In the early 2000s, Adams put aside time to specifically focus on live theatre work, at first committing to popular productions at the Actors' Studio in New York City. It was there where he starred in "Mass Appeal" and "Return to the Chicago Abyss". He later returned to the Los Angeles area to star in the local production of "Hurly Burly" in 2004. In between the latter two plays, he made a guest appearance in an early episode of ABC's 2003 revival of "Dragnet". The most important development in Adams' career outside of his acting at this time was his preparation for a filmmaking career. Before he had finished his stage work in New York City, Ash had already started raising funds for an inaugural movie project of his own, while launching a production company which ultimately became his independent film marque Bravado Pictures.


Beginnings at Bravado Pictures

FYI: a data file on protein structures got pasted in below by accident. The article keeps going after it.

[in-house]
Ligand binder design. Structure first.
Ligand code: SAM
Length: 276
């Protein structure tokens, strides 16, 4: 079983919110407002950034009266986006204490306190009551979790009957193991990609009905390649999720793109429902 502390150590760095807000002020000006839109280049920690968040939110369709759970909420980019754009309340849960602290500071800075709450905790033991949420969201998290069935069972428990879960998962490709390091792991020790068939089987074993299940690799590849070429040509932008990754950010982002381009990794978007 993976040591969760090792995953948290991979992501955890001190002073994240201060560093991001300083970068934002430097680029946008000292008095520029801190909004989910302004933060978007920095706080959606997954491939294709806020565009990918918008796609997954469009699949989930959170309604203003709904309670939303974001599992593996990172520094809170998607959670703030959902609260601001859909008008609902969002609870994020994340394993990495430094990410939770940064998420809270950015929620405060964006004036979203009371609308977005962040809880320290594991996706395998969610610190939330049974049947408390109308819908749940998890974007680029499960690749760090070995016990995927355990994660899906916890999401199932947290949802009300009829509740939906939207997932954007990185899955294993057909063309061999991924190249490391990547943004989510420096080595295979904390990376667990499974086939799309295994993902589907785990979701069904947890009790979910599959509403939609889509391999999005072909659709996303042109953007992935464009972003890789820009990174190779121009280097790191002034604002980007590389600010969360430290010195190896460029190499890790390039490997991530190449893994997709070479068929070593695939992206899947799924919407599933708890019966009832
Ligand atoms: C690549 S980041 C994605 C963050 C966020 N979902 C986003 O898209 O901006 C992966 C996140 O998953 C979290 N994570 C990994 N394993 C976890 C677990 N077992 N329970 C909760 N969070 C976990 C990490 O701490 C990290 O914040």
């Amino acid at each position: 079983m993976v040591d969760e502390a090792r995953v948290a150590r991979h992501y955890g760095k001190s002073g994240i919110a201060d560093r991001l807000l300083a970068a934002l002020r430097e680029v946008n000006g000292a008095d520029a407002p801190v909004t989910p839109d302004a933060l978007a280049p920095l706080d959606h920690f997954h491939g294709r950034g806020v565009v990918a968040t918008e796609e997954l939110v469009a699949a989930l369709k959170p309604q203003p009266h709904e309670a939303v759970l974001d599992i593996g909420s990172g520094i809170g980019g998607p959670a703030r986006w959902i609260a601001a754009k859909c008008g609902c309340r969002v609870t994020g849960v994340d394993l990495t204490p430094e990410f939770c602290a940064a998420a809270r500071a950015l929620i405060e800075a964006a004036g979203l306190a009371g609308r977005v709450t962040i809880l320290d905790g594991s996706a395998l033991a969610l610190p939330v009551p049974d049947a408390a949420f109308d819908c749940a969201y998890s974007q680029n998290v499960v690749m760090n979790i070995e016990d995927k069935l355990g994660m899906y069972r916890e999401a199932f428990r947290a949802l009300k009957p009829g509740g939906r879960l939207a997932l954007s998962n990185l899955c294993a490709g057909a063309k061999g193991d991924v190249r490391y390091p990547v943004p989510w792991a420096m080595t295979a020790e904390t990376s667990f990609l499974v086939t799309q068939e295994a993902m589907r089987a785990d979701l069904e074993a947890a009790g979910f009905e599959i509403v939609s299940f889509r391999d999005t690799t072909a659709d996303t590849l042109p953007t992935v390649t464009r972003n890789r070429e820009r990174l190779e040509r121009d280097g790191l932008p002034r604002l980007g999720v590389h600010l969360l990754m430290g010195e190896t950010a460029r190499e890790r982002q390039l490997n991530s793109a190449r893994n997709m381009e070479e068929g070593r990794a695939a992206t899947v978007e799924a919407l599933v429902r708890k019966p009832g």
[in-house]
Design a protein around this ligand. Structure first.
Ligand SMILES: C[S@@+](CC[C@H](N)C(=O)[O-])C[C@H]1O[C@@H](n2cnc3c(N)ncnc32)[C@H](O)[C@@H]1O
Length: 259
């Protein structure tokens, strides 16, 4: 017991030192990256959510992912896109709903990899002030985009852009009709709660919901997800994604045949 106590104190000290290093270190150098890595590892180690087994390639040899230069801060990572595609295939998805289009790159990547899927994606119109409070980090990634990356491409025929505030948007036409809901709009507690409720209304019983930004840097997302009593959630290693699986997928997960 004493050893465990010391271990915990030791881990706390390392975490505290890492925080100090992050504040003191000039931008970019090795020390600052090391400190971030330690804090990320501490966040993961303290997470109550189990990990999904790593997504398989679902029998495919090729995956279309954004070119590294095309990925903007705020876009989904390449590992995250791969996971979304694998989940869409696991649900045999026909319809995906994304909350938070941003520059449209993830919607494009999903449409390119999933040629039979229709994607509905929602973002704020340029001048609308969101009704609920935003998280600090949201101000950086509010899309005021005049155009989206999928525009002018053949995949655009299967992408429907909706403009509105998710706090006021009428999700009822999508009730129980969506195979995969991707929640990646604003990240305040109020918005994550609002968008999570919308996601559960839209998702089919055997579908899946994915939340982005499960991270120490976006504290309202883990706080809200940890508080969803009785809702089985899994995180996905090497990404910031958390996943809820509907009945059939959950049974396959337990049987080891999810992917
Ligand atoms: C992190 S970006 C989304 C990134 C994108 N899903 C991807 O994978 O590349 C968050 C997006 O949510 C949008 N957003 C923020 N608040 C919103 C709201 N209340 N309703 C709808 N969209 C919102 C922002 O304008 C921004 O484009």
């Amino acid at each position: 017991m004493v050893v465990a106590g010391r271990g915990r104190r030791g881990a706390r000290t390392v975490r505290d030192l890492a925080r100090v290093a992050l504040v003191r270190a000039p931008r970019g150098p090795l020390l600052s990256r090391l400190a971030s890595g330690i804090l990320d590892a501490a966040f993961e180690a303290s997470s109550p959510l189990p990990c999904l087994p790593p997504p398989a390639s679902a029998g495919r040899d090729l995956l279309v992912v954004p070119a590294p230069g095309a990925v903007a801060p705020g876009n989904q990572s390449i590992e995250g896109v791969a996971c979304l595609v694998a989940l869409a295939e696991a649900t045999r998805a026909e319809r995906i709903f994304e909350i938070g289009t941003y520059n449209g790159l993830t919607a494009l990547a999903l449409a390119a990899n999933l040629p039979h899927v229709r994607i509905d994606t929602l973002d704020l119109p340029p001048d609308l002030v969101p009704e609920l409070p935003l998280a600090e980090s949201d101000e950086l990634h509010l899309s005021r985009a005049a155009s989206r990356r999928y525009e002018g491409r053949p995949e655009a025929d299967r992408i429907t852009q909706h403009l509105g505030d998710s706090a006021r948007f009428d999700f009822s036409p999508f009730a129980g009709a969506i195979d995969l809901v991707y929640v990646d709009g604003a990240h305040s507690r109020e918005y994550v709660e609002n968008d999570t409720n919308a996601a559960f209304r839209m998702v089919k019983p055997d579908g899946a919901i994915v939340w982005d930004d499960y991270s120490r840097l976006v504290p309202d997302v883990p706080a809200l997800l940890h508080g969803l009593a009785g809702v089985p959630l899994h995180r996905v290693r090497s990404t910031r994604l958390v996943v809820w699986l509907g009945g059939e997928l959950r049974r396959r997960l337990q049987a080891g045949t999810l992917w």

Adams' foray into filmmaking launched with the successful formation of his production company Bravado Pictures, which began business by no later than early 2003 when his first original independent film, "After the Past", began shooting. The maiden project, like all of Ash's future efforts was written, produced and directed by himself, along with featuring Adams in a prominent on-screen role. Here, he was the top-billing star. The movie was co-produced by Oscar-nominated actress Amy Madigan, who in addition functioned as narrator of "After the Past". The plot centered around two brothers, played by Adams and Branden Morgan, who reunite at the funeral of their abusive father. As the story unfolds, they try and come to terms with the death of their mother, the violence that was put on them as children and the damage they are left with as adults. Production was complete by mid-2003 and prior to its official release, set for the following year, the public was given a full-length preview screening at the 2003 Malibu International Film Festival. The audience reaction to "After the Past" was extremely positive, and it ended up winning the 2003 Audience Choice Award at the festival. "Entertainment Today" reviewed the film and noted that "After the Past" was "an impressive debut for Actor/Writer/Director Ash Adams." The movie went on to compete in all other major US film festivals per its official release in 2004.